By Henry Akubuiro
One of the oldest forms of poetry in the world, praise poetry is a form of poetry written or performed in reverence of a person, a thing or gods. The form was popular in the Middle Ages, medieval literature and during the Renaissance period. In ancient Europe, it was used to express worship of or admiration for heroes, kings, or deities. However, it lost popularity as a form of English literature beginning in the 17th century.
Praise poetry has continued to be a familiar literary form in various African cultures. Isibongo, a genre of praise poetry in the Zululand of South Africa, deploys imagery and storytelling related to a person and the history that surrounds him or her. Little wonder, praise poetry is considered a high form of literary art among the Zulu.
Among the Yoruba of western Nigeria, praise poetry, known as Oriki, is an important but hugely unwritten genre of Yoruba literature. Oriki is used during individual or communal ceremonies. It tells of nobility, origin, fame, profession, accomplishments, beliefs, eating habits and discipline about the individual or object associated with the Oriki. From humans, gods, animals, plants and other inanimate objects, the Yoruba has Oriki for almost everything found in their environment.
For centuries, Hausa poetry and songs have flourished, and there is little difference between poetry and song. All Wak’ok’i are sung oral presentation and composition following strict metrical patterns.
Sadly today, as written literature takes prominence, oral performances seem to be fizzling away. The danger is that, if they are not written down or reproduced in modern digital forms, the coming generations of Africans may have little or nothing to remember aspects of their rich cultural heritage. This has been the crusade of Bukar Usman over the years.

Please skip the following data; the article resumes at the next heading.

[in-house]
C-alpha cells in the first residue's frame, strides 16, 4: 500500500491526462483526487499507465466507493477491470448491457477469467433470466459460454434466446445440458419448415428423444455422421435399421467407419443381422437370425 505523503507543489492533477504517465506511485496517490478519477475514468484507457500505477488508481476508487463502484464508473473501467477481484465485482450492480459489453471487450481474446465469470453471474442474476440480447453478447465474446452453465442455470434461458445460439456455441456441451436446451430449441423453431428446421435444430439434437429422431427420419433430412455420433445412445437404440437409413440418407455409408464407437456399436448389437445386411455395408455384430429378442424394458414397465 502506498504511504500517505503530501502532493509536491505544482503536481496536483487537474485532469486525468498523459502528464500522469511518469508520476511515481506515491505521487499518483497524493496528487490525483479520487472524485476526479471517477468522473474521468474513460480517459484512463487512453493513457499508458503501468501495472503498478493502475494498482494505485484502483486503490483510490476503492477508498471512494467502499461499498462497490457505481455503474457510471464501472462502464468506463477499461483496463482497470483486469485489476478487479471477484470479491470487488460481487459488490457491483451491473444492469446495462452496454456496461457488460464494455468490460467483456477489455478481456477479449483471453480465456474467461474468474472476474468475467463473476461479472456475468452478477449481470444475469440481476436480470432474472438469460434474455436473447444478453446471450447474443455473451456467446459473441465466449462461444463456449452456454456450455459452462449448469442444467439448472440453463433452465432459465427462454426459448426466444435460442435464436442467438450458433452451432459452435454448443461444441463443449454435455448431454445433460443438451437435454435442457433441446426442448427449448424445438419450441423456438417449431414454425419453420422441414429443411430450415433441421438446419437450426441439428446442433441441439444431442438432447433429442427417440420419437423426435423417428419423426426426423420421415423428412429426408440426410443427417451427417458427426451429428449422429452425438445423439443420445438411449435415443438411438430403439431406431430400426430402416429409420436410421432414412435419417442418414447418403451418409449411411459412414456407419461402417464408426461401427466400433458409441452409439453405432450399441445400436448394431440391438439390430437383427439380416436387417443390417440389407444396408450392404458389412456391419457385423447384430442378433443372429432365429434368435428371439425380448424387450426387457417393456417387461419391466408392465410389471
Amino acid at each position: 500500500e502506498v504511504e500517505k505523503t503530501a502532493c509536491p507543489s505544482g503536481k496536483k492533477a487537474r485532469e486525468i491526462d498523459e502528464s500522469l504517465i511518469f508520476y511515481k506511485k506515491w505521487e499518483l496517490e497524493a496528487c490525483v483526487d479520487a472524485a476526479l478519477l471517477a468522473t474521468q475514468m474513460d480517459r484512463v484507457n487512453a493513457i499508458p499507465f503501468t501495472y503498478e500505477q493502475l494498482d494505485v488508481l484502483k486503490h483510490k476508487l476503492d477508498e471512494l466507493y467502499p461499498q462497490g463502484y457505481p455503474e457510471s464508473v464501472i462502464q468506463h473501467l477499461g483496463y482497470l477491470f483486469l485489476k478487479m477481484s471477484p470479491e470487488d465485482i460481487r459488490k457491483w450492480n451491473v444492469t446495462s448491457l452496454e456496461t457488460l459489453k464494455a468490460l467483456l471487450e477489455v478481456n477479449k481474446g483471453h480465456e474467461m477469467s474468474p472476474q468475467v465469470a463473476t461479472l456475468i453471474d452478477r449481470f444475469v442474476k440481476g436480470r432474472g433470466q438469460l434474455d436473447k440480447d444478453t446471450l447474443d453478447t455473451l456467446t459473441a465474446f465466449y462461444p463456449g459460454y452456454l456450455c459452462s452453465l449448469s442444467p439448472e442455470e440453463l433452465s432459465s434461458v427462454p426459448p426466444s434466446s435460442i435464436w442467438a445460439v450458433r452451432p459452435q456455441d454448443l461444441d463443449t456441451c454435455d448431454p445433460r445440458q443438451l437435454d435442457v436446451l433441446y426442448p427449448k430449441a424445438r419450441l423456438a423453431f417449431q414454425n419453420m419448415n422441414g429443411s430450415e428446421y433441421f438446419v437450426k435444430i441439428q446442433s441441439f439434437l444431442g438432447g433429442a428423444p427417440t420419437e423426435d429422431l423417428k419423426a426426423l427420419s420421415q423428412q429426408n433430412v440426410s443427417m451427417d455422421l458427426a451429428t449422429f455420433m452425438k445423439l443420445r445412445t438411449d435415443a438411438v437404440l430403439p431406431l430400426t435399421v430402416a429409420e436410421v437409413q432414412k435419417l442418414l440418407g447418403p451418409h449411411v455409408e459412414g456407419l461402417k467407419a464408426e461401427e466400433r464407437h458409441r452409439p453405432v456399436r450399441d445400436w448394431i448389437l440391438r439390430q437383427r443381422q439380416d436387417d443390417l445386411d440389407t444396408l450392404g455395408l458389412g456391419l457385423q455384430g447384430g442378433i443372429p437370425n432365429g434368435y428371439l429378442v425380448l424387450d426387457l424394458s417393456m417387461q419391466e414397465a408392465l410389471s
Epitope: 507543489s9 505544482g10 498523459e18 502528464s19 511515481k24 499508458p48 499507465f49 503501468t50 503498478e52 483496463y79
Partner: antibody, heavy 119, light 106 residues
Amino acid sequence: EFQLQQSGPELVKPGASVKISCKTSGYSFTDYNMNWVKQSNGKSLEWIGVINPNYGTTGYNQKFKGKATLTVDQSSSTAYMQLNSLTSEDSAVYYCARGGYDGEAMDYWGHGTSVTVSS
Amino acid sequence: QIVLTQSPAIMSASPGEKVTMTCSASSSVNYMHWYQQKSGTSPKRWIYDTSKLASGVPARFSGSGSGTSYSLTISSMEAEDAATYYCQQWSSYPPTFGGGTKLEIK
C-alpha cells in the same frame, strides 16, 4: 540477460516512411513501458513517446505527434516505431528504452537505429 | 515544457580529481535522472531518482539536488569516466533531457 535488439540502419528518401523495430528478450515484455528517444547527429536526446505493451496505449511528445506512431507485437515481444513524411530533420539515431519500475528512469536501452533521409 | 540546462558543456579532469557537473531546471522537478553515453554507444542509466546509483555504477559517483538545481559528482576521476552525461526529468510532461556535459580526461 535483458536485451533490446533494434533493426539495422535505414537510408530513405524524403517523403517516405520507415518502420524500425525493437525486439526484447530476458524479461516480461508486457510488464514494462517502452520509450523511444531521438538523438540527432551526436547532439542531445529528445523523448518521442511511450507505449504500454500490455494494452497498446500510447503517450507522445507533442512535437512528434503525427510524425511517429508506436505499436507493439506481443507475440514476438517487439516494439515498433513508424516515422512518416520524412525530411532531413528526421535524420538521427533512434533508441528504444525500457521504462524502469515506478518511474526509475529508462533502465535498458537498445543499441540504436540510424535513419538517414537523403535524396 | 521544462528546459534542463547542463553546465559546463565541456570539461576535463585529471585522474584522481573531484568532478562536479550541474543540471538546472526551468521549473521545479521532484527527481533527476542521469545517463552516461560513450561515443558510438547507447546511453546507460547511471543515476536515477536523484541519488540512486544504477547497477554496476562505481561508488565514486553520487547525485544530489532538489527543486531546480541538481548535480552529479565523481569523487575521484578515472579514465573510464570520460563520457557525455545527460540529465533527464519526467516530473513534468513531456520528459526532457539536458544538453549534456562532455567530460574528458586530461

Klalid Imam, the cerebral Kano based scholar and poet, has keyed into this vision. Hence, he has compiled and translated Songs for Bukar Usman (A Collection of Panegyric Poems), published by Whetstone, Kano, 2020. The songs were originally composed in Hausa language by Umar Idris (Dan Kwairon Biu), Sulaiman Tijjani (Farfesan Waka), Aminu Ladan Abubakar (ALA), Maryam Baba (Sangandale), Bashir Yahuza Malumfashi, and Khalid Imam himself.
Considering that these songs were composed in the 21st century, they offer us valuable samples of what contemporary Hausa praise poetry looks like and its pride of place in Northern Nigerian culture. In his introductory note to Songs for Bukar Usman, Mariusz Krasniewski (PhD), Head of the Division for Research on Sub-Saharan Africa, Institute of Mediterranean and Oriental Cultures, Polish Academy of Sciences, Poland, echoes that the song are replete with sophisticated metaphors, skillful parallels and elaborate forms of lyrical expressions.
An accomplished bureaucrat, author, public intellectual, historian, humanist and philanthropist, Bukar Usman, now in his 70s, has left lasting impressions in different areas of life. He is one Nigerian writer who commits so much resources in the publication of quality books yet donates them at will without commercial attachments. Through his Bukar Usman Foundation, which was incorporated in 2008, thousands of lives have been touched. The 25 panegyrics in this book say it all.
A book in three parts, the poets in the first section endorse the virtues, deeds and the character of Usman, while the second part evaluates the positive roles and achievements of Usman. The third part takes the reader to Biu, Borno State, where Usman was born. Here, you will see the achievements and challenges of Biu and Borno State in general.
In the “Introit”, Imam salutes “the finger that feeds many tongues with honey” with his generosity, books and quest for pan-Nigerianism.
One distinctive characteristic of the panegyrics in Songs for Bukar Usman is that each one begins with a Lead setting the tone for the praise, while the Chorus echoes the exultation. For instance, in “The Stalwart” by Umar Idris, the Lead says: “Dr. Bukar Usman Biu, the stalwart/ Our tutor and our elder/The lion-hearted/Who dares to challenge you?” The Chorus, in turn, affirms the same thing.
This is slightly different in “The Philosophical Bukar Usman” by Sulaiman Tijjani, whose Lead begins with: “The philosophical model/Dr. Bukar is generous/Dr. Bukar is influential/ Dr. Bukar is influential”. The Chorus, in turn, echoes: “I don’t think there’s one like him.”
No doubt, this book is a rich harvest for researchers, scholars and readers interested in contemporary African oral literature.